The Cost of Higher Learning

By Jeff Waldorf


As a student, I am painfully aware of the personal costs of paying for college. As someone who is low-income and hasn't had the benefit of being able to borrow money from their parents for college, I know what it's like to be staring at a mountain of future debt. I know many who are in my position and others who have graduated -- to end up not using the degree they worked so hard and paid so much for.

The Atlantic had an excellent article that spelled out the situation that many prospective college grads fear. It boils down to one question:

Will I be able to find a job when I graduate?

Now, there a couple of points in that article I don't agree with, in that I don't think the degrees are worthless. Higher learning should never be considered worthless. Educational pursuits are what help create thinkers, artists, and academics that are necessary for cultural advancement. But in this corporate consumer society, those educational pursuits have been swept to the wayside in favor of careers in high finance.

There's obviously a great financial incentive to work for places like Goldman Sachs. This graph from the Huffington post shows the number of students that graduated with six-figure debt.


But for those who are not good with numbers, or are not thrilled with the idea of working for high finance, or those whose careers have been impacted by the recession, these numbers are scary.

My wife's biggest fear is graduating with her medical secretary degree and not being able to find work, and not being able to afford the $20k+ of student loans she alone has had to borrow. She's also afraid of being in default.


Credit: Yewon Kang/Medill

According to a study by the Department of Education, the national student loan default rate continues to rise. Along with the unemployment rate. In 2008 the default rate for students was up to 7.2%. That's up from 6.7% the year before, and 5.2% in 2006. This trend doesn't show any signs of changing.

As unemployment continues to stay more or less at the current rate for those with a Bachelors degree or higher, at least until the 2012 election is over, we will continue to see the default rate climb as more and more students, hoping to climb the income ladder, face tougher times.


One of the bigger drivers of debt and default are the prevalence of for-profit colleges. Places like Full Sail University that have given contributions to the Romney campaign, ITT Technical Institute, and the University of Phoenix. These schools charge very high tuition amounts that force students like myself to borrow from private banks who also lobby the government to keep Federal student loan money flowing into their pockets.

The University of Phoenix, which is owned by the Apollo group, gave $75,000 to Mitt Romney's Super-PAC: Restore our Future. James Heavener, CEO of Full Sail, gave $85,000 to Restore our Future. It's fair to note that Full Sails' Co-chair Ed Haddock contributed $60,000 to Barack Obama's campaign in 2008, and John Sperling, founder of the Apollo group itself, has so far donated $47,800 to Democratic congressional races. Though the for-profit schools are mainly backing Mitt Romney this time, it appears their influence will be felt no matter who is in charge.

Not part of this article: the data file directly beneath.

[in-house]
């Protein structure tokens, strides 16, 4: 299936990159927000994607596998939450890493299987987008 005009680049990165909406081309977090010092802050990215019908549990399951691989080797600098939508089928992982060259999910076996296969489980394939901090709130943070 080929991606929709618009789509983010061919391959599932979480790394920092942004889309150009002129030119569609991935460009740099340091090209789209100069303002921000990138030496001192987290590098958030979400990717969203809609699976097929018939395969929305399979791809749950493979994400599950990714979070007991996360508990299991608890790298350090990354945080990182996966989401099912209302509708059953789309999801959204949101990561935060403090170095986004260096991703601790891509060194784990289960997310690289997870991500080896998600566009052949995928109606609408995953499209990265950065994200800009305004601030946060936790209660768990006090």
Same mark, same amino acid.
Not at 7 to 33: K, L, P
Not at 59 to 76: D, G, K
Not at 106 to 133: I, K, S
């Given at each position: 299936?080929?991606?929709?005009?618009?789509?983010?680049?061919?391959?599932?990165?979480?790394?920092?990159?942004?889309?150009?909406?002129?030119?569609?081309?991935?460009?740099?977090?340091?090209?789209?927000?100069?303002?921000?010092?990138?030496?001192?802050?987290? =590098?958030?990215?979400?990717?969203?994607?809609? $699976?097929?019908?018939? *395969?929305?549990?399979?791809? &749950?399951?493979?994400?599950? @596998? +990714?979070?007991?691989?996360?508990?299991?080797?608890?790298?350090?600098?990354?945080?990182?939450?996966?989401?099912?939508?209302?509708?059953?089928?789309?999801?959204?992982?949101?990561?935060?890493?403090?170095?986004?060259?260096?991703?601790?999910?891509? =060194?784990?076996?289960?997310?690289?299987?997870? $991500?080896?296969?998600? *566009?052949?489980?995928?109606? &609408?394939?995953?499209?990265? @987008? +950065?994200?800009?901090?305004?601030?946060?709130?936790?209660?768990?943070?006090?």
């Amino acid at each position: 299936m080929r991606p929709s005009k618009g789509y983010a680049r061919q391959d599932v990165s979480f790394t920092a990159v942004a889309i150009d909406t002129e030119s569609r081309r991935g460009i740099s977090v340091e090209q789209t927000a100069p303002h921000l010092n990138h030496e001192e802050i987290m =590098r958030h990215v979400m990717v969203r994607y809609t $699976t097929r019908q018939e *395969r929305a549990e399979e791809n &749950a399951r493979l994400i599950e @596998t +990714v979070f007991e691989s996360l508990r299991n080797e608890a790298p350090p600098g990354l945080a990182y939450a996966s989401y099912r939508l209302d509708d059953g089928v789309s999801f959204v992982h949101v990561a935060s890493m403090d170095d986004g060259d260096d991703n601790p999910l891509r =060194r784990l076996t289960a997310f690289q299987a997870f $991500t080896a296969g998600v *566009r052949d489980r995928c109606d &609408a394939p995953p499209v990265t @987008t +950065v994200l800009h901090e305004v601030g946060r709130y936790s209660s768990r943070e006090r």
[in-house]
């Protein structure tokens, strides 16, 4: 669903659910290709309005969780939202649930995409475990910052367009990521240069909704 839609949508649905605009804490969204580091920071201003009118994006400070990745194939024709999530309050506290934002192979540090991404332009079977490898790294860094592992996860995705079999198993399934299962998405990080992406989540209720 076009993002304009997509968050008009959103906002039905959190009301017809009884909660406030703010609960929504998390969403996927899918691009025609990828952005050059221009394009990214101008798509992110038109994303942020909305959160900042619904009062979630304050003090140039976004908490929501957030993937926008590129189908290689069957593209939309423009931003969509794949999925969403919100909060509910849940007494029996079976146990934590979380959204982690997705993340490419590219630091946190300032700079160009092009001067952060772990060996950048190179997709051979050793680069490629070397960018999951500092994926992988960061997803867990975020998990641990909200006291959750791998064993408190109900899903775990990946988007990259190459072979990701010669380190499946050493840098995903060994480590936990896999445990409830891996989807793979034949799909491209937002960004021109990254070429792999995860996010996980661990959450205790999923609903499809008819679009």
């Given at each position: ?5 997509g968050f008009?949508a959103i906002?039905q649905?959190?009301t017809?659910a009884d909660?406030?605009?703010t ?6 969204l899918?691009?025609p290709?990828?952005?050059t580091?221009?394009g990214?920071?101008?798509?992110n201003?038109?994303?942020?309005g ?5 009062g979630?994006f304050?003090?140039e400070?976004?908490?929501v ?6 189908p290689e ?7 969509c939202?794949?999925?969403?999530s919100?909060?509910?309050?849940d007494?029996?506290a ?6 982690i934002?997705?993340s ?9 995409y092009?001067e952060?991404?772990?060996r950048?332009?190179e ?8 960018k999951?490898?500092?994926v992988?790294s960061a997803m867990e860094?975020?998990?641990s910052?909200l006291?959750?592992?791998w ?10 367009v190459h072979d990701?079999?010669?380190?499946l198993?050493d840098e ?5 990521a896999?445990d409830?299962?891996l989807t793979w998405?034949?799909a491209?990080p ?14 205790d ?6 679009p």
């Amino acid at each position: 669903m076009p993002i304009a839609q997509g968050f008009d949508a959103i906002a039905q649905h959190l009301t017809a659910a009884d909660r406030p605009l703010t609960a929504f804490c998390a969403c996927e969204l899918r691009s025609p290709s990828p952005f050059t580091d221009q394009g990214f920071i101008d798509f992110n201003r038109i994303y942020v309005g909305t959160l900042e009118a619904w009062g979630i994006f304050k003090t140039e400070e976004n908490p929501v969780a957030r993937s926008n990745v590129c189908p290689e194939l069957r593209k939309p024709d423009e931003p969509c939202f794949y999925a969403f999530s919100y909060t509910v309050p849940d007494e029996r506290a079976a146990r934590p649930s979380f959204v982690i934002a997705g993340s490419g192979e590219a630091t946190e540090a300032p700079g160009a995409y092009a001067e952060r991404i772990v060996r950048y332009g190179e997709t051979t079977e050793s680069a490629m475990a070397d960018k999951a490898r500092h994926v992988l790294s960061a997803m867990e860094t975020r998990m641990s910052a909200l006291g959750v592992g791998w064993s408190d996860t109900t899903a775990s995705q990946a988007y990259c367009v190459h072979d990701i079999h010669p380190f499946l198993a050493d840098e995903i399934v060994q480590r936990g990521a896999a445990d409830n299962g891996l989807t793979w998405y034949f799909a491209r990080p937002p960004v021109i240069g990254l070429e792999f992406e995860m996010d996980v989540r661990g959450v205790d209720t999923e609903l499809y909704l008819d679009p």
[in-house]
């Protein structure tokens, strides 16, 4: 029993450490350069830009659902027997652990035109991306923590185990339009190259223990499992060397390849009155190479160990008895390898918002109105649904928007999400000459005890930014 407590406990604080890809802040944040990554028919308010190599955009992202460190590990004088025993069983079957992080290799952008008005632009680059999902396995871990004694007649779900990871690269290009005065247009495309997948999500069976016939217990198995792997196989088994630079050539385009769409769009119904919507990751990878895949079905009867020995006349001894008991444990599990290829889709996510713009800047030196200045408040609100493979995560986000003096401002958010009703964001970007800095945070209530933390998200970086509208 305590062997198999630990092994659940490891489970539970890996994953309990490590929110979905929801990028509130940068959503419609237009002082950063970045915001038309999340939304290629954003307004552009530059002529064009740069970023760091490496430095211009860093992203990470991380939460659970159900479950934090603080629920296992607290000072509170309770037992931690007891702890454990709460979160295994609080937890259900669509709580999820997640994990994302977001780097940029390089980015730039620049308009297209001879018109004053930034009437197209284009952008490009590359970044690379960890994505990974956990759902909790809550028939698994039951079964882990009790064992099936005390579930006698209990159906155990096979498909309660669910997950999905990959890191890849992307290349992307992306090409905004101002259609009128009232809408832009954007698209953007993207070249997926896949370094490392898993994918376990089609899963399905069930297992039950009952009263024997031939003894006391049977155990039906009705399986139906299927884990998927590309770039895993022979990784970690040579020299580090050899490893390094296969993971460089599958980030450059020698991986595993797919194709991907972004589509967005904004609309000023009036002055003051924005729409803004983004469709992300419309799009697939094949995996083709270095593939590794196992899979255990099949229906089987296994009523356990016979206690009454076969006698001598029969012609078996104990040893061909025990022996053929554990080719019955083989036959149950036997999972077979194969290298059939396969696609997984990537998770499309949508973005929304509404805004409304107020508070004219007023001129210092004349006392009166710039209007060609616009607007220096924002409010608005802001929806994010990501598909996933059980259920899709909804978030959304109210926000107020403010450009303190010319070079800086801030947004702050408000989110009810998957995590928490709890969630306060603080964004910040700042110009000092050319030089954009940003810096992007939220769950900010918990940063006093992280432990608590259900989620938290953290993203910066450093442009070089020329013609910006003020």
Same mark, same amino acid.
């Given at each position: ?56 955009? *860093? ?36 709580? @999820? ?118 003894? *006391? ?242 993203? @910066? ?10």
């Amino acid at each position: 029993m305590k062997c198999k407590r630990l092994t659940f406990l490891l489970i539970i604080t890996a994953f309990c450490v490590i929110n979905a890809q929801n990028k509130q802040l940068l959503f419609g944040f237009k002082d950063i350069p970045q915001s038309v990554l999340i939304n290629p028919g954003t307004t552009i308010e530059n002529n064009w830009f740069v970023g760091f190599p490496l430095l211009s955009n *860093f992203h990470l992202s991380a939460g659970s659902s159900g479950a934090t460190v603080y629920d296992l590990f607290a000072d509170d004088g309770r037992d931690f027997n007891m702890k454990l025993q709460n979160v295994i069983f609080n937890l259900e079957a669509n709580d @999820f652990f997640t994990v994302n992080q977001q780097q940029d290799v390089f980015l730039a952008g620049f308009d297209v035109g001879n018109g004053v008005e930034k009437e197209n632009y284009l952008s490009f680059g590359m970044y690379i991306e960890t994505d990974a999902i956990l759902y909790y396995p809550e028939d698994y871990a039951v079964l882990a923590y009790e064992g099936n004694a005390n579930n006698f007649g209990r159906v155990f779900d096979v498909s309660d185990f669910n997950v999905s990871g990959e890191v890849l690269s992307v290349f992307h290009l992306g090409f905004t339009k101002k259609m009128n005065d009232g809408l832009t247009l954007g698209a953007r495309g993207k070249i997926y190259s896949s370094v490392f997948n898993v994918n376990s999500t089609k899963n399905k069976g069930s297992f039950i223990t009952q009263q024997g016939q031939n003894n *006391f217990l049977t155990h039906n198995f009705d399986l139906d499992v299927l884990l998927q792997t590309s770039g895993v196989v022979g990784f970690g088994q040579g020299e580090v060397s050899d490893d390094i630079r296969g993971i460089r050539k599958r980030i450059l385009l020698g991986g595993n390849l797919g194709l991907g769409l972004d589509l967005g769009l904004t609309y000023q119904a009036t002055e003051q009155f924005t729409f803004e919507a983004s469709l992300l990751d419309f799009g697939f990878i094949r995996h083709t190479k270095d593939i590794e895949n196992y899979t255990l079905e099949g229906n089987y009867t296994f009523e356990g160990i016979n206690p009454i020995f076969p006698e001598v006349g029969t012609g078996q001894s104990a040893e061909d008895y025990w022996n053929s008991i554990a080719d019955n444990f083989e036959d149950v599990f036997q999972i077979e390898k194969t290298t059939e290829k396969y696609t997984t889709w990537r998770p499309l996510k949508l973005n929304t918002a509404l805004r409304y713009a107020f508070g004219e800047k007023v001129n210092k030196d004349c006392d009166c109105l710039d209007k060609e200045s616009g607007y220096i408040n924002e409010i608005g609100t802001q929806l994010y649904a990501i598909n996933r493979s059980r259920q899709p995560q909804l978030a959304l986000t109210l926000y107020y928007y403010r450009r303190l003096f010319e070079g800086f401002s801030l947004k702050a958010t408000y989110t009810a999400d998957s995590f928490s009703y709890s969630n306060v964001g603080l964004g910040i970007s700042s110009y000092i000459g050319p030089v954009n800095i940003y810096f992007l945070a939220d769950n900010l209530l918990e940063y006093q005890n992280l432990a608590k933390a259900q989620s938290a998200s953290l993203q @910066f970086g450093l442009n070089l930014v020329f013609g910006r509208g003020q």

Now on to my story:

It was 2004 when I decided to go to ITT Tech hoping to get my shiny new degree. I borrowed about $3,000 from a private bank to afford tuition, a big mistake on my part. Nearly a year into my education, I lost my job and couldn't find another. In the end I went into default. Working crappy job after crappy job for the next few years, I paid my loans when I could, but that wasn't often, so the interest rate nearly tripled my loan.

Source-_Federal_Reserve_Bank_of_New_York.jpgSource: Federal Reserve Bank of New York
Credit: Lam Thuy Vo/NPR

has some amazing statistics on just how much debt students have amassed nationally. It's huge. It even surpasses the much-maligned auto bailouts, and even credit card debt.

So here I am: $9,000 in private loan debt that can't be refinanced, cannot be discharged, and due to my financial situation, cannot be settled. Because the banks own it.

But I'm not alone. 

So with all of this debt, and all of these defaults, one has to wonder if getting an education is really worth it. To that I say, Yes.

Here's why: As the world gets more technologically advanced, the hard labor jobs will continue to disappear from the United States; in fact, many have, either due to technology or outsourcing. Even though manufacturing in America is making a comeback, many of those jobs are demanding skilled workers to fill them. 

Now, I need to make an important distinction: education doesn't mean going to a college, specifically. Trade schools are also considered places of higher learning, of higher education.

So even with all the problems, and fears, I still believe education is the best path towards the middle class lifestyle. I am sure that with time and pressure, we can force our political establishment to look at the problems of rising tuition, debt, and default, as well as unemployment for grads, and unscrupulous debt collectors and challenge them to fix these glaring problems that face every prospective student, and graduate that has put in the time, money, and effort to try and better their lives.

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